This holiday season, online shoppers aren’t the only ones who will be looking for good opportunities. So will hackers and scammers hoping to steal personal information from unsuspecting shoppers.
An estimated 95 percent of Americans shop online at least once a year. As more Americans shop online, identity theft and fraud have also risen. In 2019, online purchase fraud went up by 29 percent. Last year, 80.5 percent of consumers said they lost some money to online purchase scams.
By taking the below steps, you can make sure you don’t become the next victim of online scammers.
Shop on private networks. As tempting as it may be to slip in some shopping using the free Wi-Fi at your local coffee shop, public networks are an open invitation to hackers to steal your data and sensitive information. If you’re doing anything that involves inputting your credit card or other sensitive information, do it from home, or a secure network you can trust, like your office.
Check the site. If the site begins with ‘https’ that means the site has a secured connection, offering another layer of protection between you and hackers. Some browsers will also identity secure sites with a lock icon. If you have time, Google the site to make sure the retailer is credible and consider checking the Better Business Bureau listings.
Take care what you share. Even if you’re on a credible site, be cautious about what information you share. Avoid saving your financial information on the site. For the same reason, don’t give out other personal information, like your birthday. Even if your connection and devices are secure, hackers could still access your data by attacking the site directly.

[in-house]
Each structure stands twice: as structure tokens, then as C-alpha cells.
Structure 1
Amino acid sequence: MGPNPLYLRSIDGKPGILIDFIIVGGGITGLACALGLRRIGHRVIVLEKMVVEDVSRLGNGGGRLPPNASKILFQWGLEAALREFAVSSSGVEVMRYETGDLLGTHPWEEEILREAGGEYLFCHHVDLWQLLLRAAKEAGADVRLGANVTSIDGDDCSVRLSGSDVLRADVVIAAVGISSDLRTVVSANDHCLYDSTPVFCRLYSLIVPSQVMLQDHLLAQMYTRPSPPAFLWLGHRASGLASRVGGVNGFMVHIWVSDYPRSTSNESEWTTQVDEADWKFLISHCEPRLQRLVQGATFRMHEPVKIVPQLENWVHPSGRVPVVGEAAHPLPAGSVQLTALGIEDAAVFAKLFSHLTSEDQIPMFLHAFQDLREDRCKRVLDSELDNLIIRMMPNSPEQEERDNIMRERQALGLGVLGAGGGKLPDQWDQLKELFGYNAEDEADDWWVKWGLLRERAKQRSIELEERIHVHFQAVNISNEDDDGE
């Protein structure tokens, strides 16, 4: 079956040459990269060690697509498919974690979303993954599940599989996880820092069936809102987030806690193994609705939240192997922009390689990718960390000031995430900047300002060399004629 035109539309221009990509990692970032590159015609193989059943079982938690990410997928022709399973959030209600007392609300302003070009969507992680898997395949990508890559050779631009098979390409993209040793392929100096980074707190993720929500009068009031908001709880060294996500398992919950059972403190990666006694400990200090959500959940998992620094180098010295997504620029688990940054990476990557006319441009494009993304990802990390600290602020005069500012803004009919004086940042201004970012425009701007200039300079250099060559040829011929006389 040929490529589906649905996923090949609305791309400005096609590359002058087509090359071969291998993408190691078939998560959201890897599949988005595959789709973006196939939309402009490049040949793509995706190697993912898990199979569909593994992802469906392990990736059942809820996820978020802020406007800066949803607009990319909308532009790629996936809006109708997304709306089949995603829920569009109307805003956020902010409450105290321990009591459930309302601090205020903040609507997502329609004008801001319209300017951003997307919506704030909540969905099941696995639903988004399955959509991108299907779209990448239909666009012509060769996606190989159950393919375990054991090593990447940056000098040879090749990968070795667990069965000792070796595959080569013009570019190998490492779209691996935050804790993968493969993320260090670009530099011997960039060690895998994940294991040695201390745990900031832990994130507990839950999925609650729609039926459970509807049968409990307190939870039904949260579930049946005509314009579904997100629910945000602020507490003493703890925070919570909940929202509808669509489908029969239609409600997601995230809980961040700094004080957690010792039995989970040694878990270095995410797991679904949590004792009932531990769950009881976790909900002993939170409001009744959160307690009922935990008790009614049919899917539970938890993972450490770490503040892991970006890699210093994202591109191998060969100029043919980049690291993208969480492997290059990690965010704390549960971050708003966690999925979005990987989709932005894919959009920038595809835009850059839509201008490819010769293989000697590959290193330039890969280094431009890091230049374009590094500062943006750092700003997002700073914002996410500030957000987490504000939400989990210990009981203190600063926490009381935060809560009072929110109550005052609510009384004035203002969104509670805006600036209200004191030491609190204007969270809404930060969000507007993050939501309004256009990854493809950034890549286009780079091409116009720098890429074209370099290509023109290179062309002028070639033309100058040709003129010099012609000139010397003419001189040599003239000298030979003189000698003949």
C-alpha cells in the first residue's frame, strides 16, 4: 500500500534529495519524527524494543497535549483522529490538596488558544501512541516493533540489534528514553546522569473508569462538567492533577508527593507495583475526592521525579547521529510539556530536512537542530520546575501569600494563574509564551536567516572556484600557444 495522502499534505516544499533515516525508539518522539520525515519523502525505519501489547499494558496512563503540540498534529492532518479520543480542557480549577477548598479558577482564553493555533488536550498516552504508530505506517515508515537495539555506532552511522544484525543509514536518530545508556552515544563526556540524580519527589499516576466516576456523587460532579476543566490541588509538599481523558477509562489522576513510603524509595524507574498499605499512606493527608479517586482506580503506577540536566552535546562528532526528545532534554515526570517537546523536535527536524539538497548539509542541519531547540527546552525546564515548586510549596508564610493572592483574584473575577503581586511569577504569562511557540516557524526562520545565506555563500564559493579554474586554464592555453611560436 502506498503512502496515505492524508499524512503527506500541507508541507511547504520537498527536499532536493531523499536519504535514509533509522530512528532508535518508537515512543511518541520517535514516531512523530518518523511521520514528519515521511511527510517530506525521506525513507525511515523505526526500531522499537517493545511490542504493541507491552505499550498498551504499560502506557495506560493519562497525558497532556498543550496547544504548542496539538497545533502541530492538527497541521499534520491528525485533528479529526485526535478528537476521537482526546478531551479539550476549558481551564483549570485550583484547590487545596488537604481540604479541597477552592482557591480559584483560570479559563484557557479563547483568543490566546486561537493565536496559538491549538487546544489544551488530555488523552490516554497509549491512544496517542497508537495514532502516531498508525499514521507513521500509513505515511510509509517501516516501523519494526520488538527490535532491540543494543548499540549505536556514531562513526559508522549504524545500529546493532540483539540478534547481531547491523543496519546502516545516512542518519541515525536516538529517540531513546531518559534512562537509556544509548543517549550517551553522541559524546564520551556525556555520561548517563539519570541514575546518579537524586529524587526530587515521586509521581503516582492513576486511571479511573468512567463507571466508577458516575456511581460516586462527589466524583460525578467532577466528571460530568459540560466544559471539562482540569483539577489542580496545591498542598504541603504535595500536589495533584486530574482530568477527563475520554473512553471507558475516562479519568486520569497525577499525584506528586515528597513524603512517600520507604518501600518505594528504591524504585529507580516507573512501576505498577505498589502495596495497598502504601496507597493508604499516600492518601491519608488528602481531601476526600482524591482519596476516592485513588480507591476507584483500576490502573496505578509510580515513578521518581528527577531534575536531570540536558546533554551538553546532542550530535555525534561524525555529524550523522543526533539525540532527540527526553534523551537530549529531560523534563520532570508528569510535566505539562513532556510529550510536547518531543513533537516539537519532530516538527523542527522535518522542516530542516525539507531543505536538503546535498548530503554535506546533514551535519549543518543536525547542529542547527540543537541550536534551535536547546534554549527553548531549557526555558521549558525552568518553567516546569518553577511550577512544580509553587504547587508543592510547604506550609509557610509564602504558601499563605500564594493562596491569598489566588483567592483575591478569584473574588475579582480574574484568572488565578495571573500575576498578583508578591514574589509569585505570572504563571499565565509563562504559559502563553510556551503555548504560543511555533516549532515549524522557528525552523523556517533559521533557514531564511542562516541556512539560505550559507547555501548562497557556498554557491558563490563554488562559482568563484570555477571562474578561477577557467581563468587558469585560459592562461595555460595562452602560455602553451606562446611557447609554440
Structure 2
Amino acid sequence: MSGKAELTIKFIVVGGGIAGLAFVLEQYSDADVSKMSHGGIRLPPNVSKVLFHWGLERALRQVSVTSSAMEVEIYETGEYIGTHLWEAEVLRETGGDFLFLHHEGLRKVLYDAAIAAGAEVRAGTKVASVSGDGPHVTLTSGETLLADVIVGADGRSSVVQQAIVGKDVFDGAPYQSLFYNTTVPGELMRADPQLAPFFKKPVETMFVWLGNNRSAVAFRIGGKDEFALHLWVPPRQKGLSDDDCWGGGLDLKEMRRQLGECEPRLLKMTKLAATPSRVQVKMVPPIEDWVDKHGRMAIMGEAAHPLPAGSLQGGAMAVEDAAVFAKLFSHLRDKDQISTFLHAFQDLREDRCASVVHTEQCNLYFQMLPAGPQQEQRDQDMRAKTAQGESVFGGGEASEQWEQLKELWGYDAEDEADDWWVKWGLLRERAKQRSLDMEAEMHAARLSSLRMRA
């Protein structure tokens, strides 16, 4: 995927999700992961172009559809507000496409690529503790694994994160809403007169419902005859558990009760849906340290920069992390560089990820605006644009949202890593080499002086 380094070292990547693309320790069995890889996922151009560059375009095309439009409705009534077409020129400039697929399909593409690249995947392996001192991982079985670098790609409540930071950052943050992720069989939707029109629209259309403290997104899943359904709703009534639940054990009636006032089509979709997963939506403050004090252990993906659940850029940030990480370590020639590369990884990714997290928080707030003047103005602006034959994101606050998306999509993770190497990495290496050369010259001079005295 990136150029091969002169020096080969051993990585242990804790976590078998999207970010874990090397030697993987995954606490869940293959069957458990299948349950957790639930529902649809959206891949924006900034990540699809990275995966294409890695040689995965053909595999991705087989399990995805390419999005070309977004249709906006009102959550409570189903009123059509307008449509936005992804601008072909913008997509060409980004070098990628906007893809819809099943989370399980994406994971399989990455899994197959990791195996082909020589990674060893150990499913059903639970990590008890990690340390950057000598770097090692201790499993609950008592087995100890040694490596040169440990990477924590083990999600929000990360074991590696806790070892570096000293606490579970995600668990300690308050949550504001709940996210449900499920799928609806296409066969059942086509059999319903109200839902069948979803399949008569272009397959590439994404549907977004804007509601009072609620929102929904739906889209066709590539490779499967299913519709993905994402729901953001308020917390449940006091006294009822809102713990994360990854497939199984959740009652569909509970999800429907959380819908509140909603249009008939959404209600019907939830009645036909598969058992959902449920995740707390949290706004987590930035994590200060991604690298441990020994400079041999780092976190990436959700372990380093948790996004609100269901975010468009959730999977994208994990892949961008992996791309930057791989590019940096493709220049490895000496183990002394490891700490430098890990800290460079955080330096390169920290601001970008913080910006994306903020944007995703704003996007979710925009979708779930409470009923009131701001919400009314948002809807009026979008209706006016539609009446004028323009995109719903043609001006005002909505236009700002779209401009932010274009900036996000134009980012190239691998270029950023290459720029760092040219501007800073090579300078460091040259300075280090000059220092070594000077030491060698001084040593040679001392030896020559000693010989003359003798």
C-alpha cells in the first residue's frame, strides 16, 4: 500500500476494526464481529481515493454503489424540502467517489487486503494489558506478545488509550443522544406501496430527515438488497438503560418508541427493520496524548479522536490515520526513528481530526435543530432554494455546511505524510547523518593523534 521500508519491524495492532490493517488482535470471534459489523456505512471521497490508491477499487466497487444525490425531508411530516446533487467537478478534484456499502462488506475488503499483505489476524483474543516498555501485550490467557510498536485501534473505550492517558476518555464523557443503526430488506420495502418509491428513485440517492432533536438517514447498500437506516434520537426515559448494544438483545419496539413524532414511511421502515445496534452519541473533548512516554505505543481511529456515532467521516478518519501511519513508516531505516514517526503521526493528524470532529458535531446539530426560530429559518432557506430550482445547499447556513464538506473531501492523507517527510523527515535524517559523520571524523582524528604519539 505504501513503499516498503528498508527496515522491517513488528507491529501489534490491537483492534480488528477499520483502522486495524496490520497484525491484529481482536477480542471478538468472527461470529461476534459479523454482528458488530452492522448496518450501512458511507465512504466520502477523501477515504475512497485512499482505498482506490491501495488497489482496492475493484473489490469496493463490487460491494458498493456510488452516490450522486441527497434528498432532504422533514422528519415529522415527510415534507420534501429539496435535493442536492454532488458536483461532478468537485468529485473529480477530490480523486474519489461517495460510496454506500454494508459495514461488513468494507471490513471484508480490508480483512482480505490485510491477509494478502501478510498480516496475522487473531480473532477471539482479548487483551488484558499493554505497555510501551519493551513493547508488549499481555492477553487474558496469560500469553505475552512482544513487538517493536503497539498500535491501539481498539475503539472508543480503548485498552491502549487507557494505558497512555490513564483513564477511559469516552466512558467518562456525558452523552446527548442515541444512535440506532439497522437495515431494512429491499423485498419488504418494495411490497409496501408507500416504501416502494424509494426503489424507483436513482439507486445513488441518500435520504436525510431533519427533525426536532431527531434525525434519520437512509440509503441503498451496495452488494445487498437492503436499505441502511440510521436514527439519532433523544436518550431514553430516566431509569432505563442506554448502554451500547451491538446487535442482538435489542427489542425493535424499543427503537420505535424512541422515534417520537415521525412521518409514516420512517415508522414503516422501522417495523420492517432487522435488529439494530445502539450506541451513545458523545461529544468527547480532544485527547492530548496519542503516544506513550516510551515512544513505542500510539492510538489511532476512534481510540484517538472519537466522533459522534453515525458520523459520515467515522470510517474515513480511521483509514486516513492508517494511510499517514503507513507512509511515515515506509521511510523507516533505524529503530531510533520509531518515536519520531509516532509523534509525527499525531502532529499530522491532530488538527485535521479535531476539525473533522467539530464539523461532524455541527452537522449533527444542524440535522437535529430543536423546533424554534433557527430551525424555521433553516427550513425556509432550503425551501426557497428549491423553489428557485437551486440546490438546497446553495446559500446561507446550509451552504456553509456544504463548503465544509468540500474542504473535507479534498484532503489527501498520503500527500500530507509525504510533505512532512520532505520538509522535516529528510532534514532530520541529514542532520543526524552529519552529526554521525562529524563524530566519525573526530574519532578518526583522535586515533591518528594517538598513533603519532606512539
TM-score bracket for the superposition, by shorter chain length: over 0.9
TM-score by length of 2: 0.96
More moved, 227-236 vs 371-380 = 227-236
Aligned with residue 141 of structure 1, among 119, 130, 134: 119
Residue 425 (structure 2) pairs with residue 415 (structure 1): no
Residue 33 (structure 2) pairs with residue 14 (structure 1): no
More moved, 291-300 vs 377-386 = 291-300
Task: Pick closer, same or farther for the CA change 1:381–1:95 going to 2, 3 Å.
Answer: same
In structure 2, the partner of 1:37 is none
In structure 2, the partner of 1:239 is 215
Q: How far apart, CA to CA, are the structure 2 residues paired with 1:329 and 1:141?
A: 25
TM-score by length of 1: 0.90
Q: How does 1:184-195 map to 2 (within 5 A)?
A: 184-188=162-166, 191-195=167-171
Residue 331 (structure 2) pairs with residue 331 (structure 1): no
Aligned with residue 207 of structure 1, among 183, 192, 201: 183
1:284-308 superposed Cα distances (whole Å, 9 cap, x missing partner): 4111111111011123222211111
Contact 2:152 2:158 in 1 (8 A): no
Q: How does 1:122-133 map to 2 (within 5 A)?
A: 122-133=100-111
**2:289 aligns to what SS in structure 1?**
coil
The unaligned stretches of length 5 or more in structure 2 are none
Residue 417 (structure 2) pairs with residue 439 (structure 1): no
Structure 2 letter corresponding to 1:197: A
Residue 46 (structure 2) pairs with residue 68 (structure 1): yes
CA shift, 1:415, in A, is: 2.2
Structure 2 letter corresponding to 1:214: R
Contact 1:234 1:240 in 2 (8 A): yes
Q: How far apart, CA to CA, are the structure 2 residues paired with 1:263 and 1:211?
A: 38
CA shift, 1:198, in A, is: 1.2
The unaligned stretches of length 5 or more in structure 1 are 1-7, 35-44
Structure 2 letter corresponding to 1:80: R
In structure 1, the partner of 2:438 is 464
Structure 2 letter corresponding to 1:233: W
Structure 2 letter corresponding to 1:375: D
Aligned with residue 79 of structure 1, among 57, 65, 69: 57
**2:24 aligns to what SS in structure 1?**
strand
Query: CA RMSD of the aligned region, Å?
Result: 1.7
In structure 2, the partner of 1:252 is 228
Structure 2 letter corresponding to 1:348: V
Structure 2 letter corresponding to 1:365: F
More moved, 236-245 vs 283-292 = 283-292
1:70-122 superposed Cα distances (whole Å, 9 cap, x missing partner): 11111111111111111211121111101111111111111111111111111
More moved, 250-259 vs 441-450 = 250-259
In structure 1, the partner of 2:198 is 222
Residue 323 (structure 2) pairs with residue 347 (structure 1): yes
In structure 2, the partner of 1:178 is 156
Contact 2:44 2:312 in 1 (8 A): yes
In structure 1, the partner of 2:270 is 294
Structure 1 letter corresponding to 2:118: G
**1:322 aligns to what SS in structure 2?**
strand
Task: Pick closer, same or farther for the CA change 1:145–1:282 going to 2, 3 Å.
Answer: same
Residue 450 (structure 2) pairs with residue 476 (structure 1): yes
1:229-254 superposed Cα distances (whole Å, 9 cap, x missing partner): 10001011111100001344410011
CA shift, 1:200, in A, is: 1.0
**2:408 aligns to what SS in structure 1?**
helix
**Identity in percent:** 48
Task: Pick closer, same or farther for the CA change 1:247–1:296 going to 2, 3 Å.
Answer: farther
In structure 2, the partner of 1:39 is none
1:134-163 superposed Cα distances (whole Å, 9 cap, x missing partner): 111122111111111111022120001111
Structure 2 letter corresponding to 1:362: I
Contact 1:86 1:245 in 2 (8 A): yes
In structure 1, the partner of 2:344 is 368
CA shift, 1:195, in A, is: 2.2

Use your credit card. Credit cards have more protections than debit cards, including zero-liability policies on fraudulent purchases. In the worst-case scenario, sticking to credit-card purchases only ensures that cyber thieves will only affect how much credit you have, instead of directly hitting your bank account. Credit cards also have other security features, such as account alerts for suspicious purchases.
Don’t forget the basics. Make sure whatever device you have has anti-malware software installed. Also, back your data up often. That way, if a ransomware attacker seizes your data and demands payment to unlock your files, you’ll have your own copy of the data. If you’re on sites that ask you to create a user profile with a password, create a different password for each one. Don’t use the same password that you do for online banking and other financial transactions.
We know you have your hands full during the holidays. Hopefully, with these tips, you won’t have the added hassle and anxiety of having to also deal with hackers.
Sources included: Experian, Identity Force, Equifax, and PC Magazine.